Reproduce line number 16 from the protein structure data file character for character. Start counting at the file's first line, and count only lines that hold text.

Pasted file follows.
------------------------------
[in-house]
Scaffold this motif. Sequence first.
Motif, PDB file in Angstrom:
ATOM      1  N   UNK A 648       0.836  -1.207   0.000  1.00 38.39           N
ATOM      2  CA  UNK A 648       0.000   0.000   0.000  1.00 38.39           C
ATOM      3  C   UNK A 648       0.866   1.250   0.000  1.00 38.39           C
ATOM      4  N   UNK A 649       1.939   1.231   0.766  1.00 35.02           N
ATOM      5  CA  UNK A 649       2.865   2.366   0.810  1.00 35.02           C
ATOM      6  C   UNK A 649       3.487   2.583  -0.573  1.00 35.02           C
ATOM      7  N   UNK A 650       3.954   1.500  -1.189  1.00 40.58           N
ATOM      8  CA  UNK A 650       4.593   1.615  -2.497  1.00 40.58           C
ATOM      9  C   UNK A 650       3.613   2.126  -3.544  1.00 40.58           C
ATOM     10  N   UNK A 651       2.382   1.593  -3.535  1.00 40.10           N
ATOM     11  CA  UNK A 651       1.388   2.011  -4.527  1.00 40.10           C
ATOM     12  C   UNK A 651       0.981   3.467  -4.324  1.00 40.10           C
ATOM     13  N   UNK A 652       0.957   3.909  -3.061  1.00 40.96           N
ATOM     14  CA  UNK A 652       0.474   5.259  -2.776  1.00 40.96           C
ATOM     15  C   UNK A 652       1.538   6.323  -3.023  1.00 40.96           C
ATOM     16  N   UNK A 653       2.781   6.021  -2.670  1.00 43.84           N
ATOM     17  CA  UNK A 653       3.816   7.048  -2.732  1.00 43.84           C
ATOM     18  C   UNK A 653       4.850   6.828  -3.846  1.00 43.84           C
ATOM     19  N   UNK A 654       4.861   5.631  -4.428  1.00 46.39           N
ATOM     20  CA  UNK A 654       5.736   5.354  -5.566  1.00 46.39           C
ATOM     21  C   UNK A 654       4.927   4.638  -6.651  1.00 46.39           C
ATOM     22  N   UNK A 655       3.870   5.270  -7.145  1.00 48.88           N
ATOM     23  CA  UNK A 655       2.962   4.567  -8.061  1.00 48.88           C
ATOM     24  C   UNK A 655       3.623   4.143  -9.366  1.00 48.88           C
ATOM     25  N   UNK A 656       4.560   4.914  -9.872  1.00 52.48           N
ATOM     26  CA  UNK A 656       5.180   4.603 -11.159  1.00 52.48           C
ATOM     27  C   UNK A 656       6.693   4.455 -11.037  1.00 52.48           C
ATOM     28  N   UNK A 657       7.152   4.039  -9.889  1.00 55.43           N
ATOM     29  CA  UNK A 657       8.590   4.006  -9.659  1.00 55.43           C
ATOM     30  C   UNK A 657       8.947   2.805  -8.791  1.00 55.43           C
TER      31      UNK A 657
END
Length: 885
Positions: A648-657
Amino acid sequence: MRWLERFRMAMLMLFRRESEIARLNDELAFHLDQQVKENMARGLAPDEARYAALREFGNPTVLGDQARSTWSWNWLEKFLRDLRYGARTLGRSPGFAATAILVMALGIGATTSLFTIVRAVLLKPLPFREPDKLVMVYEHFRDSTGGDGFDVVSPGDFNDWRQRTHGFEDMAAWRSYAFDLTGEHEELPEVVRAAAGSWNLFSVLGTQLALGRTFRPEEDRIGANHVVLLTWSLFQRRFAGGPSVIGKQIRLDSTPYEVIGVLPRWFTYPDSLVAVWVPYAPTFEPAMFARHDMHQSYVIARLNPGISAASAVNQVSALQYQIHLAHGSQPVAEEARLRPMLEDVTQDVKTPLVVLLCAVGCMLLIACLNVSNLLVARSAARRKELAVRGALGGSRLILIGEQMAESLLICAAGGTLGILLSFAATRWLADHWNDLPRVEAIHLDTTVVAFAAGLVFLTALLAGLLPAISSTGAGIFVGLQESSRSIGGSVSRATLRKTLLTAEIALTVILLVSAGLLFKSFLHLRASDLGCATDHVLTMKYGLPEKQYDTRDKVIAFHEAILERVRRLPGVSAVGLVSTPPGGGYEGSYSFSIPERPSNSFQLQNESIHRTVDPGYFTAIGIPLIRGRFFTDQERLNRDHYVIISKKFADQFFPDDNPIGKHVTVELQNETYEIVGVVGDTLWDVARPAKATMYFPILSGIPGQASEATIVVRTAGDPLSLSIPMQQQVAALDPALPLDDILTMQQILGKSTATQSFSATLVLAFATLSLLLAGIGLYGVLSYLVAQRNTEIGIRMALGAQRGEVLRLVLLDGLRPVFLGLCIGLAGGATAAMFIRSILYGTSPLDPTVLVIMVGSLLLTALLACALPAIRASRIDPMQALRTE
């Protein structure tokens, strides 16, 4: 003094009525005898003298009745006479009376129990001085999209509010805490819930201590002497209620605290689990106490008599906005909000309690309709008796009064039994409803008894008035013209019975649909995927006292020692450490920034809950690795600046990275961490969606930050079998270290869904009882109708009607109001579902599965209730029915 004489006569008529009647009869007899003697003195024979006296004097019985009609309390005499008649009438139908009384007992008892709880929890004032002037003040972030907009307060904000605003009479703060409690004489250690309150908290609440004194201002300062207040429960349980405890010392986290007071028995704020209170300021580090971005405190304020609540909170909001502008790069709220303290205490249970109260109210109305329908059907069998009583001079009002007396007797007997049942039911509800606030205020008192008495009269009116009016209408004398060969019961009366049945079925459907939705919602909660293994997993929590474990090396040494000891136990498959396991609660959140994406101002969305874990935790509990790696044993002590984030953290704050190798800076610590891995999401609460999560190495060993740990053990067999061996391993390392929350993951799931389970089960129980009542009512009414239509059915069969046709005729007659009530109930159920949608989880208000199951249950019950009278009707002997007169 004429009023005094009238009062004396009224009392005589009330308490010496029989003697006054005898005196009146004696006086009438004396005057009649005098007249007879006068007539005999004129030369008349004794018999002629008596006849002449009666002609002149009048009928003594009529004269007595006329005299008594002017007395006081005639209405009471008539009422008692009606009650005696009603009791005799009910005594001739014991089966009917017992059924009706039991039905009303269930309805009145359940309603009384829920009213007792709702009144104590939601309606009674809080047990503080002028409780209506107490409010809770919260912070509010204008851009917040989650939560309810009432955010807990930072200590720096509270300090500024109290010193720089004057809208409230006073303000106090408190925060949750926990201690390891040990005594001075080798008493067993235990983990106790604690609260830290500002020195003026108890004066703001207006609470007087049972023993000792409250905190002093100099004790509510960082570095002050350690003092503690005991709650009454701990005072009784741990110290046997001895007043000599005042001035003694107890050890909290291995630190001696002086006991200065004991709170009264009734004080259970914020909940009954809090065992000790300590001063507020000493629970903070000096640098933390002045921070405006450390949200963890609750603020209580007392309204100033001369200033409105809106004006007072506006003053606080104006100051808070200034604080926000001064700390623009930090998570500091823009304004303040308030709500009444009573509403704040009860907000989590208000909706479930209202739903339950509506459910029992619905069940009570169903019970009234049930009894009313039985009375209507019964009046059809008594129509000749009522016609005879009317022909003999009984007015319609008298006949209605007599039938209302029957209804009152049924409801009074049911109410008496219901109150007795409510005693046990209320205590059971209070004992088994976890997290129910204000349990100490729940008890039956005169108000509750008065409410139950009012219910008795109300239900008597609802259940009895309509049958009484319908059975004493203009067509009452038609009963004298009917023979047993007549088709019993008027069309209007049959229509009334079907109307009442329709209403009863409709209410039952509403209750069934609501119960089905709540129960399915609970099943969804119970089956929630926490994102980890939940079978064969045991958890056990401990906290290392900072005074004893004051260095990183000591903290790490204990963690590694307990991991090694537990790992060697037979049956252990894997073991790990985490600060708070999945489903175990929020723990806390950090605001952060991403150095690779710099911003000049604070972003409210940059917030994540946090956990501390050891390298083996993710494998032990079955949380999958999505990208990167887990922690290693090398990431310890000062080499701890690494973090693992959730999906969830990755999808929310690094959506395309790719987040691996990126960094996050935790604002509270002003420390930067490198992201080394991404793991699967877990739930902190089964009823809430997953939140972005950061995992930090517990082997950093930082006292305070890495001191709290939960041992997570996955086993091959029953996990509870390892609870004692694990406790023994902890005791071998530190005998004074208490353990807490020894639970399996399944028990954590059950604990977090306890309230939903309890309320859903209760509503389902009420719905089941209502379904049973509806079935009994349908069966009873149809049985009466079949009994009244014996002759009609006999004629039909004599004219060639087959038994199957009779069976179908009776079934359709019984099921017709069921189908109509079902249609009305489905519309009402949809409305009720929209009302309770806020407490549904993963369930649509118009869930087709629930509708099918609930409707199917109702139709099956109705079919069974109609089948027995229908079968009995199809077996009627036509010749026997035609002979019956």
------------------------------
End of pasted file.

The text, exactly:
ATOM     13  N   UNK A 652       0.957   3.909  -3.061  1.00 40.96           N